“I still Wonder to Myself ‘Where was I when Dangote Was making His Billions'”: 67 Year-Old Ayo Iroche Narrates Life Lessons

3 May 06, 2017 By Dang

My Name is Ayo Irochi. I’m 67 years old. I’m a father of four boys. My last son is 36, my last three boys are married, so I’m a grandfather, three times over by the grace of God. I retired from the United Nations 14 years ago – that’s 2002 – consulting for the federal government.

DANG: Regrets

Ayo: Yeah, In life whether we like it or not, we must have some bit of regrets here and there…When you look at the trend of things today, then you ask yourself where were you when the Dangotes were building up their billions, where were you when all these people were making their billions and millions? You find out that you’ve only just worked for other people to enjoy the fruits of your labor, that’s just it. My happiness today is that all my children are graduates, they are doing very well for themselves, that is the legacy I am happy to be bequeathing to my children, I mean that they are whatever they are today themselves, they are father’s in their own right, they are breadwinners in their own right. That is sufficient for me.

On the issues of marriage, I am divorced. Sometimes when I think about it, I know there were some things I could have done better

DANG: What advice would you give married men now, since you know there are some things you could have done better

Ayo: Well, my dear, marriage in itself is not something you jump into. There is no 100%. I hear these days when men say “I want a woman that is complete in herself”. No one is complete in him or herself. When you find 50% in a woman, don’t go looking for 100 because you yourself are not 100. Merge your 50% with her 50% and you will create a solid home.Also in our days, there were family hangouts. Friends visited each other’s homes so it was more of a family setting, we were always having families altogether. These days, the guy wants to hangout with his friends 80% of the time and the remaining 20% he gives to his family. It was the other way round in my time. How can a family thrive like that?

You people want everything to work like magic these days, including marriage, I don’t get it. Even your lifestyles are becoming faster and more ridiculous. I’m not part of this generation; your ambitions, aspirations, goals are much more different from our own time because in our own time, I was quite happy to live in Surulere, Ikeja, Anthony Village or Ilupeju. It’s not the same thing now, your age group want to live in Lekki, Ikoyi and V.I. I have this very good friend, he lives in Surulere, you need to see his house, gigantic! If you decide to carve out block of flats in that house, we’ll have nothing less than 8 blocks of flats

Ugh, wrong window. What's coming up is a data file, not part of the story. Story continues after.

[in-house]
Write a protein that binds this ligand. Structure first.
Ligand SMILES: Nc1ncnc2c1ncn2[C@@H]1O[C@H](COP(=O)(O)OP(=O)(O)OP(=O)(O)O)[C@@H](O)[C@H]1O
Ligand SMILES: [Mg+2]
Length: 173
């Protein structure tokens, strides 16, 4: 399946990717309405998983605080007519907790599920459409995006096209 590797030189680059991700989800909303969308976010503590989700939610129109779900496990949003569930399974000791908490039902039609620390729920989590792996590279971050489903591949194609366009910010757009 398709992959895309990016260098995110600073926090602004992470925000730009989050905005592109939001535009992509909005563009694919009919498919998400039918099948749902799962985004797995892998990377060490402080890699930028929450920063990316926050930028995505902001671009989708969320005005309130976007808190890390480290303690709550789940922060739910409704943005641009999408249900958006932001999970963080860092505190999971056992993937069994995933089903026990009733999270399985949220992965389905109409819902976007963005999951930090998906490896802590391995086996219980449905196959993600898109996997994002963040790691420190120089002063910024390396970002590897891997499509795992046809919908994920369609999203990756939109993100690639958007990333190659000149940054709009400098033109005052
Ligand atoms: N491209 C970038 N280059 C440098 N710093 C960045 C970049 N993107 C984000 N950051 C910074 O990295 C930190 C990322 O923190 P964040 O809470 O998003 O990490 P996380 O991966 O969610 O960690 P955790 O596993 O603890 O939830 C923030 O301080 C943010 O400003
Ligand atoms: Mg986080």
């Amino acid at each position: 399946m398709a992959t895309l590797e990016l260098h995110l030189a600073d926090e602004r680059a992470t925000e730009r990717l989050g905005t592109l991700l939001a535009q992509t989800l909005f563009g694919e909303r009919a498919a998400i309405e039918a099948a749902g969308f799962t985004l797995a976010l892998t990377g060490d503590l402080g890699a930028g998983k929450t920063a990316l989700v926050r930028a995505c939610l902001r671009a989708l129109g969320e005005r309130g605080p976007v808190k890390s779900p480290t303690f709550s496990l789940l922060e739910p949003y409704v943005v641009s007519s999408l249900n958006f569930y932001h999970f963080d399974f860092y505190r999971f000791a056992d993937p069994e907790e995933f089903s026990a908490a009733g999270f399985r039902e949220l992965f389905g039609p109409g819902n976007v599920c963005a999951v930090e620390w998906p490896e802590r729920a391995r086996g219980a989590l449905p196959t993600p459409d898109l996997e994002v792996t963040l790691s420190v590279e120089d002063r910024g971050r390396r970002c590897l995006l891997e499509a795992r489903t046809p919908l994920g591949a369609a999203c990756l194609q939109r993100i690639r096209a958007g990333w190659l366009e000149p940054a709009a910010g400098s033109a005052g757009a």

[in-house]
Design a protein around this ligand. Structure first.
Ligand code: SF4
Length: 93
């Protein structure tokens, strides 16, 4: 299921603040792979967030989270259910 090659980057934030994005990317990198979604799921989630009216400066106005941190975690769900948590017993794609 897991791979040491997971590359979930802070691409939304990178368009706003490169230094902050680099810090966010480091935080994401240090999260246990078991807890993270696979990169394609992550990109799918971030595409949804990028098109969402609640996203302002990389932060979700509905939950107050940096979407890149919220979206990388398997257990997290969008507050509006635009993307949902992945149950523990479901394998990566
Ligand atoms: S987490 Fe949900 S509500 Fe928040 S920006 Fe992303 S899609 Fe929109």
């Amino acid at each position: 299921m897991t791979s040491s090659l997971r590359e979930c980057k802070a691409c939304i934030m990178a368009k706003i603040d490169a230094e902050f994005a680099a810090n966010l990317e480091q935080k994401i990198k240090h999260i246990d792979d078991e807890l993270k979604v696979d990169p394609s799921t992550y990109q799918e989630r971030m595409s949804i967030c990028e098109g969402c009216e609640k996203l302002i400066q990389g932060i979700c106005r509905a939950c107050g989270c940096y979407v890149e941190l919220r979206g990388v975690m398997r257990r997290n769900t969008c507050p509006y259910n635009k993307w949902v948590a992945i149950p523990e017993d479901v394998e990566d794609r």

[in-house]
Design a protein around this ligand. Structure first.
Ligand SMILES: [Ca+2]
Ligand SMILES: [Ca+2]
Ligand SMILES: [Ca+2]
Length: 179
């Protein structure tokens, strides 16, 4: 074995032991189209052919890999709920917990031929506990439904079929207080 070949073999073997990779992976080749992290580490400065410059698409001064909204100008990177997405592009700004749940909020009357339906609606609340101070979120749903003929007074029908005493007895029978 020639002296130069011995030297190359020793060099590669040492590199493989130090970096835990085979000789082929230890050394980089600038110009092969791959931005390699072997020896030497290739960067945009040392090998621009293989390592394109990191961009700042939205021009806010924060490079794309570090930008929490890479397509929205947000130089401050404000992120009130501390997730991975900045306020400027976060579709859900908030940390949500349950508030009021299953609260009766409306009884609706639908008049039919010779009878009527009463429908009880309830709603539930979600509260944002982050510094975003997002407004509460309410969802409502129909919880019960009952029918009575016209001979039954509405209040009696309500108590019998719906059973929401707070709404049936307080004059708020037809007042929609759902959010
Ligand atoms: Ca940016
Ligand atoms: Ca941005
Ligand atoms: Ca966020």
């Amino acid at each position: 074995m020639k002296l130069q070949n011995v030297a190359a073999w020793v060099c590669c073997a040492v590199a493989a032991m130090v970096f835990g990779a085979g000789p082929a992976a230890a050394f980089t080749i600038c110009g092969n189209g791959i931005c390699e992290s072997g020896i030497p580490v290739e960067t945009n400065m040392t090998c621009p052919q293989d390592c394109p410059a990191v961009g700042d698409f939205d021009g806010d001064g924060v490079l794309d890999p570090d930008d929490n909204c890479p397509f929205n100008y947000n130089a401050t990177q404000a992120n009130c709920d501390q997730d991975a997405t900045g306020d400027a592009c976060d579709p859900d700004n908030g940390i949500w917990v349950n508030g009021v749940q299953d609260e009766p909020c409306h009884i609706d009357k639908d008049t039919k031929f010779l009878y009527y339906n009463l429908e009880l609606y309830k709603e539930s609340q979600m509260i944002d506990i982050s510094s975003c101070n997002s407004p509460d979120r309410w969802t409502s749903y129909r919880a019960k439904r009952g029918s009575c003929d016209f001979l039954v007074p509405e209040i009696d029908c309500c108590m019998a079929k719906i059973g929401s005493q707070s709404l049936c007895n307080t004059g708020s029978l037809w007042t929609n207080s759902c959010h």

I got talking to two of his sons, they’re looking for houses in Lekki and I said “so what is going to happen with this house?” They said “Maybe our daddy will turn it into a hotel” For me that is ridiculous. You have that but you go rent a house on the island?

This man has worked and slaved for them and you now want to abandon this Surulere house and go to Lekki. I don’t get it.

Some of us are living in Lekki or Ikoyi or V. I today because we have worked hard and now are proud to relax.

DANG: So we lack family values?

Ayo: Oh yes! These days, you have maybe three children and you have maybe a driver for each child, the wife has her own driver, the man has his own driver so at what point do they meet? The man is not worried about going to pick his child at school because he thinks that’s the driver’s business and probably by the time he gets home, the child is asleep, by the time the child is going to school in the morning, the man is still asleep or he has woken up and gone to work before the child has woken up so the only time most families spend together now is probably weekends or Sundays. In fact most cases they say look woman, take money for your ticket, take the children and go abroad and that is their own way of spending valuable time with their family. This is so wrong. It makes me sad to see how things have turned out.

DANG: You’ve been around for 67 years, I pray God gives you more of that.
Ayo: Amen
DANG: What lessons have you learnt?

Ayo: Like I said, I have learnt to believe in God in all that I do. God is paramount, if you don’t have faith in God then you are just wasting your time. Humility is very essential, a lot of us today are living from our goodwill because we were humble when we were growing up. We genuinely valued our friends, showed up for them when they needed us and did the same for our families too. If you don’t value people, you will grow old and have only yourself as real companion


3 comments on ““I still Wonder to Myself ‘Where was I when Dangote Was making His Billions'”: 67 Year-Old Ayo Iroche Narrates Life Lessons

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